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June 7, 2013

United in fight against sexual assault

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Gustavo Bahena
Public Affairs Office, NTC and Fort Irwin

Fort Irwin Soldiers, Families, civilians participate in Denim Day walk to show they care about victims and combating problem

National Training Center and Fort Irwin Commander Brig. Gen. Ted Martin (center) leads an assembly of leadership, Soldiers, Families and civilians through the streets of Fort Irwin, April 26. The Denim Day procession was in support of a world-wide campaign showing solidarity for victims of sexual assault.

“Sexual assault and sexual harassment in the Army and across the nation is a problem and we have to confront that problem head-on,” stated Brig. Gen. Ted Martin, commander of the National Training Center and Fort Irwin.

Martin was speaking to a formation of Soldiers, Families and civilian employees of this military installation, April 26. The group had gathered to show solidarity for victims of sexual assaults around the world. They wore denim, carried their unit guideons, and brought their children and pets to participate in a Denim Day walk in garrison.

According to www.denimdayusa.org, Denim Day – held in April – is a world-wide effort to make a social statement by wearing jeans as a visible means of protest against misconceptions that surround sexual assault. The campaign in the United States began in 1999 after a rape case was dismissed in Italy in 1998. A judge overturned a rape conviction when he said the victim must have consented to sex because her tight jeans indicated she assisted in the act.

A formation of Soldiers from the 11th Armored Cavalry Regiment walks the streets of Fort Irwin, April 26. Soldiers wore jeans for a Denim Day walk, which is a campaign that shows support for victims of sexual assaults.

By joining the Denim Day campaign, the NTC and Fort Irwin community shows that it cares, Martin said.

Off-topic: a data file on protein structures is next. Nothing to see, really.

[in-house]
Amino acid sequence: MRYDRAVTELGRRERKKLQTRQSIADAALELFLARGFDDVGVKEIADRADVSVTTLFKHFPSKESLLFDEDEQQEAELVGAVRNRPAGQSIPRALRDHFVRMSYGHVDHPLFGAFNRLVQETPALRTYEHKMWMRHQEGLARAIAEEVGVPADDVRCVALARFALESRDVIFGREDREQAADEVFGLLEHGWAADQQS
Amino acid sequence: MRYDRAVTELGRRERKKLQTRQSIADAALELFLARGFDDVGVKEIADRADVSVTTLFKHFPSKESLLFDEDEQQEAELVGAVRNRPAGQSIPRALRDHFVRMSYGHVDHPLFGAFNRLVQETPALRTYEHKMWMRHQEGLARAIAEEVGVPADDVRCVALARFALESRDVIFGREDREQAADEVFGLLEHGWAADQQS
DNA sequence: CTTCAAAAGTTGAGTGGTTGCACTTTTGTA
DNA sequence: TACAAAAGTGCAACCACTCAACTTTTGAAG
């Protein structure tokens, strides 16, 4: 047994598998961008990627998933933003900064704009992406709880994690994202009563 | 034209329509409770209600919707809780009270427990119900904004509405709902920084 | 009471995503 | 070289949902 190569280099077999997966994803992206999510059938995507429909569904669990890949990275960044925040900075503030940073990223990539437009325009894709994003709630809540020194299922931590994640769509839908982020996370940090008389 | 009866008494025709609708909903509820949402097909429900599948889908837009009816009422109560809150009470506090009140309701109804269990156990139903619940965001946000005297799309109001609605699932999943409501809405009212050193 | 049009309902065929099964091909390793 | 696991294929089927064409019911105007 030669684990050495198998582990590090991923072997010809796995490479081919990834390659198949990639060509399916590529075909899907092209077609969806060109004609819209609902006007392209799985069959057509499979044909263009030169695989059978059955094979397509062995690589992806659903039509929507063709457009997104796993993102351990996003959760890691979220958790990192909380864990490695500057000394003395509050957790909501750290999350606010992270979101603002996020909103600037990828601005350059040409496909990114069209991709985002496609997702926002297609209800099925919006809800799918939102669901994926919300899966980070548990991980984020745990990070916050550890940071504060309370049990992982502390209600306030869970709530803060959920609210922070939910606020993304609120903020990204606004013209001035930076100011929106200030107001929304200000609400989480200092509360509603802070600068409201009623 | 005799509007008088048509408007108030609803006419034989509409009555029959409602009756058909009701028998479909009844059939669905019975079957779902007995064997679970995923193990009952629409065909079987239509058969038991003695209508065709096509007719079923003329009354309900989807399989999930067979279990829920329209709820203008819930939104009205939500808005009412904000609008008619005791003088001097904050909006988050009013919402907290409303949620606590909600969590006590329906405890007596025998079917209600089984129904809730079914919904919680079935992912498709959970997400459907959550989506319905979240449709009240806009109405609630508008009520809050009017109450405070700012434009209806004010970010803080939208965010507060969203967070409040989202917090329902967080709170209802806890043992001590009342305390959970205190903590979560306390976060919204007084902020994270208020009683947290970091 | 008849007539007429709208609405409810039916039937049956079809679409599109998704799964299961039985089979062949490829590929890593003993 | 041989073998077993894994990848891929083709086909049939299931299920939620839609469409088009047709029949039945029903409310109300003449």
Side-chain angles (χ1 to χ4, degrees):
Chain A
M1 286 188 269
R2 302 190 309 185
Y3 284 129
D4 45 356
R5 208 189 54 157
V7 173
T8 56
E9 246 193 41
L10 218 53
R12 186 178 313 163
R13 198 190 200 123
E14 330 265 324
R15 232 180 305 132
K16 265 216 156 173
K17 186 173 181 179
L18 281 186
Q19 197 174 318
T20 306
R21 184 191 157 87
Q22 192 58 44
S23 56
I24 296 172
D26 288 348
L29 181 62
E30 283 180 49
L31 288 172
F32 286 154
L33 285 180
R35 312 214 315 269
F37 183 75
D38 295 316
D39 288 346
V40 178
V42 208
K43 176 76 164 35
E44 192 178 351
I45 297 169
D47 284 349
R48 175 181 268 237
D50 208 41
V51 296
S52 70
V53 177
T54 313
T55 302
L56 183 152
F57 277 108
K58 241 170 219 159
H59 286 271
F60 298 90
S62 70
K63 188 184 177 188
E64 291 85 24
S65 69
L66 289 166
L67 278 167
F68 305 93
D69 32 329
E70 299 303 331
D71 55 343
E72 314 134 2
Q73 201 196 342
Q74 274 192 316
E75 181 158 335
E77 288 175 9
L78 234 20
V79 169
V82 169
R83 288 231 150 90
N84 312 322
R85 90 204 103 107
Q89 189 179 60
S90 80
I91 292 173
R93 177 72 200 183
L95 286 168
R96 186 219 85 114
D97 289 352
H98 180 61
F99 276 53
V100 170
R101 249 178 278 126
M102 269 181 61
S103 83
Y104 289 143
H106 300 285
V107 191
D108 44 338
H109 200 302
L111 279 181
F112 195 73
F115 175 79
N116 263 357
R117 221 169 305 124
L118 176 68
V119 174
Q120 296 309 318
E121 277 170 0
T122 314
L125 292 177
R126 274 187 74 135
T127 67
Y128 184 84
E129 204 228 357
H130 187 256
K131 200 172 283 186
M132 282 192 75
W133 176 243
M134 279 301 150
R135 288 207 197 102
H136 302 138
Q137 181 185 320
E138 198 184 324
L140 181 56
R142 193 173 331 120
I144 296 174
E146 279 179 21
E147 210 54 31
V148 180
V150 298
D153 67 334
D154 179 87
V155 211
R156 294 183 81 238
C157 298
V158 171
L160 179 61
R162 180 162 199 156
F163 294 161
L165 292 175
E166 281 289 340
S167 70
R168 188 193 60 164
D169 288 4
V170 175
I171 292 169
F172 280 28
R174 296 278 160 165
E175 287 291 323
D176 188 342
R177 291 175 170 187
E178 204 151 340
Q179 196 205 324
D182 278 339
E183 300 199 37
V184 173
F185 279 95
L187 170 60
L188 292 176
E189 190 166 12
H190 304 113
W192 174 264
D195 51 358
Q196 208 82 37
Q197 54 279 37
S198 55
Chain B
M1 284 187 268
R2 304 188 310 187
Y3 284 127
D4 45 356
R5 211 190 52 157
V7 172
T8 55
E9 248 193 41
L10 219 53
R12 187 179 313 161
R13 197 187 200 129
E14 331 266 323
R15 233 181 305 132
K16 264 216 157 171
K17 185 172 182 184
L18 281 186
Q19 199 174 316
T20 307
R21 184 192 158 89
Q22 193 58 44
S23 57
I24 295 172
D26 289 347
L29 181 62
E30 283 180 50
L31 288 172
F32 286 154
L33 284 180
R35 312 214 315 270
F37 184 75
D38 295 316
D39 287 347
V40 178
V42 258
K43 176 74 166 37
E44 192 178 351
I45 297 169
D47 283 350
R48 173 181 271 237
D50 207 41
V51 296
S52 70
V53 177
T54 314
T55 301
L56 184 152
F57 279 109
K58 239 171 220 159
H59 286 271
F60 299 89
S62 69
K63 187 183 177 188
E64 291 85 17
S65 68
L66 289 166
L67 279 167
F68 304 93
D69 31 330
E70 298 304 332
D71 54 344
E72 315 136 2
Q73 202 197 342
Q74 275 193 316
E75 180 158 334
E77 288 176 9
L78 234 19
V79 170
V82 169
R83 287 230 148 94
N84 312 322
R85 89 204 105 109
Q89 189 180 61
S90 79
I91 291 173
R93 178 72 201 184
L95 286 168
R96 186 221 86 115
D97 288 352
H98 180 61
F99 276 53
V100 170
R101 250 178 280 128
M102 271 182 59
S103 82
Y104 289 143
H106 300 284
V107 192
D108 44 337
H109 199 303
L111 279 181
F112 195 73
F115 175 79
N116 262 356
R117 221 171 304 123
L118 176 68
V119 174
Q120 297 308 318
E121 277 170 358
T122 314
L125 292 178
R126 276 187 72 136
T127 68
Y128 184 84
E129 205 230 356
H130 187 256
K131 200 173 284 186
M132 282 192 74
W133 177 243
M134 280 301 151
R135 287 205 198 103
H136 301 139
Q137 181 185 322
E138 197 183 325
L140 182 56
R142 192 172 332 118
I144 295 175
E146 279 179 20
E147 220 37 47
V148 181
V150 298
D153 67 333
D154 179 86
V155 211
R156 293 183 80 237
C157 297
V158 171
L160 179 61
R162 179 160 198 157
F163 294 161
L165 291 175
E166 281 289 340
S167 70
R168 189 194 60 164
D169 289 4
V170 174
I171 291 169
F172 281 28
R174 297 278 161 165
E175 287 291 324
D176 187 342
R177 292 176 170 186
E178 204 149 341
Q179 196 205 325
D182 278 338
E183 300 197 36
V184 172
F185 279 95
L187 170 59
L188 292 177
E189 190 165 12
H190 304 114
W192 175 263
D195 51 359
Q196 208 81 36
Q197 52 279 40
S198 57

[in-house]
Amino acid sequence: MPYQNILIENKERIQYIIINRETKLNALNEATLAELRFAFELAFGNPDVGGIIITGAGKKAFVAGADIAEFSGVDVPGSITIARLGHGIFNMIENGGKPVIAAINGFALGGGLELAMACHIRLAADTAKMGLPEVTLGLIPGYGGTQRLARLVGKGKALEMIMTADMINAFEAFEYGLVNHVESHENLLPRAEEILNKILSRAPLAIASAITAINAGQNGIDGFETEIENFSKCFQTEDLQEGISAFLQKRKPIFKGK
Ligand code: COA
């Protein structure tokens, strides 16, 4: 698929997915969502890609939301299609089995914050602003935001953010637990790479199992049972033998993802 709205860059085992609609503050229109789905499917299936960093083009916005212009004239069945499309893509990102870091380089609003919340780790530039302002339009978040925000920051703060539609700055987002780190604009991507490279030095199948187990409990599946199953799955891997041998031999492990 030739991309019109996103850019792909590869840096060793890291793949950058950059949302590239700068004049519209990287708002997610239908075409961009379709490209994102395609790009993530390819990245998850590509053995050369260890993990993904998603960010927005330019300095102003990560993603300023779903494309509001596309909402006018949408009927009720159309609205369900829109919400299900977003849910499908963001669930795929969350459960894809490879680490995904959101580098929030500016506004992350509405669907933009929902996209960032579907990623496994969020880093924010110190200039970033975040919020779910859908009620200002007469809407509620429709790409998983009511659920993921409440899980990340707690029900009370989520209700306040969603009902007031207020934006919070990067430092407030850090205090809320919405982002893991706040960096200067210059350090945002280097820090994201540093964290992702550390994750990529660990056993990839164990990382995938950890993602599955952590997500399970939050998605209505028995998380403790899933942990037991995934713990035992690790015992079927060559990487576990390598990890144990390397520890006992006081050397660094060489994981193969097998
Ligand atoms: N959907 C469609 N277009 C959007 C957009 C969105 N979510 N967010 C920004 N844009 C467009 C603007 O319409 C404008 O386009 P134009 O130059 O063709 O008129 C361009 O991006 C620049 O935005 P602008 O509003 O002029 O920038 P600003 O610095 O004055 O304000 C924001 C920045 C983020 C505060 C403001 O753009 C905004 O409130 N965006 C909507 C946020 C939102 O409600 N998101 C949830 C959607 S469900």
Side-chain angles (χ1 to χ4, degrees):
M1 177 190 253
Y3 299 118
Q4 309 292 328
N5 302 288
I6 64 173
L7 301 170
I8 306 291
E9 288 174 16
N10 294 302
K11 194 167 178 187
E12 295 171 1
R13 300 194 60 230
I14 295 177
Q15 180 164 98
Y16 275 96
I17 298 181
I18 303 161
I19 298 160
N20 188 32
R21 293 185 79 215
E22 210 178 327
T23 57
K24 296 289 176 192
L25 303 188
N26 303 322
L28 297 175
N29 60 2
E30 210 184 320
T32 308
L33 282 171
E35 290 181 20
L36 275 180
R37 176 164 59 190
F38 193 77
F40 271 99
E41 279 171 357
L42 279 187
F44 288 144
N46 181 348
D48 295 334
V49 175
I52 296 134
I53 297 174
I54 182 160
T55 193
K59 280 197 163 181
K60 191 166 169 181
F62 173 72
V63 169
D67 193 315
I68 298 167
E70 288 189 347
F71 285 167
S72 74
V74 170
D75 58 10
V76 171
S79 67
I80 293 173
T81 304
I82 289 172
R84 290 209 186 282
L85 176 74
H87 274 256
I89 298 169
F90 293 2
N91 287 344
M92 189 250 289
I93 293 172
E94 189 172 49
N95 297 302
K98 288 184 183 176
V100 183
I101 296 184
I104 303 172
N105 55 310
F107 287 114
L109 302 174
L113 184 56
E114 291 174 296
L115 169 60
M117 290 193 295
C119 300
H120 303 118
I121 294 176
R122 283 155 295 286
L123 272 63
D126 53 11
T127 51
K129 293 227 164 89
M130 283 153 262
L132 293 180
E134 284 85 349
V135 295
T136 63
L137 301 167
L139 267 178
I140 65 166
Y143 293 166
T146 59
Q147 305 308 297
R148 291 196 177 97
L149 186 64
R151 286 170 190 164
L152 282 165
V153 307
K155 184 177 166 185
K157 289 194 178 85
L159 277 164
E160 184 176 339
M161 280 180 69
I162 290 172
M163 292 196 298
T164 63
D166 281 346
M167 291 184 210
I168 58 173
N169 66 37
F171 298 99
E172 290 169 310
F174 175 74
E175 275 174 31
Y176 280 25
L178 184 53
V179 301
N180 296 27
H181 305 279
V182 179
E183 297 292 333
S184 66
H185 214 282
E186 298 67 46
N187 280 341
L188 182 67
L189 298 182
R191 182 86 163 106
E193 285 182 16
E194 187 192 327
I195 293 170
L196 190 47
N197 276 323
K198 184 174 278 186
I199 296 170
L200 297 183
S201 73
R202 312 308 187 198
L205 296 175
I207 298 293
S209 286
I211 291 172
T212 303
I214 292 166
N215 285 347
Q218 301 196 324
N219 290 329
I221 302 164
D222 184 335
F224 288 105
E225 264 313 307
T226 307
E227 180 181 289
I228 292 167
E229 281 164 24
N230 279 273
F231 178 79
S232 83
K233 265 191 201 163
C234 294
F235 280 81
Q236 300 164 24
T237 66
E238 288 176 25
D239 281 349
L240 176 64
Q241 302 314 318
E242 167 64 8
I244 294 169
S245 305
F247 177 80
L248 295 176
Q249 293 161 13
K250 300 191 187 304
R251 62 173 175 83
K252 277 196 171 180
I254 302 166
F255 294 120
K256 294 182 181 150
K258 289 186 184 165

“The only way to prevail in this battle is to recognize [the problem] and we’ll take action, on everybody’s part,” Martin said. “And I’m glad that you’re joining with me here today.”

The sexual assault problem in the U.S. military has recently been addressed by civilian leadership of the armed forces, including the Commander in Chief. President Barack Obama was briefed by Defense Secretary Chuck Hagel and military top brass, May 16. A Pentagon Channel video of the meeting shows Obama stating he wants to create an environment where victims of sexual crimes can step forward without fear.

“They got to know that they should have no fear of retaliation, no fear of stigma, no damage to their careers, and certainly no protection for criminals,” Obama said.

The President also said that he supports Hagel’s proposed reform that would restrict the ability of commanders to overturn convictions after trial.

The next day, during a Pentagon press conference, the secretary particularly emphasized listening to sexual assault victims who “didn’t feel their commanders were accountable enough [for victims] to be able to come forward and register a complaint, file a complaint, because they thought they would be subject to many things, … and then also having no confidence that anything would be done about their complaint.”

Hagel also said that every single servicemember at every level must be alert to the problem and be part of the solution.

“Working together, we can and will restore faith in ourselves, and the trust and faith of the American people,” Hagel said.




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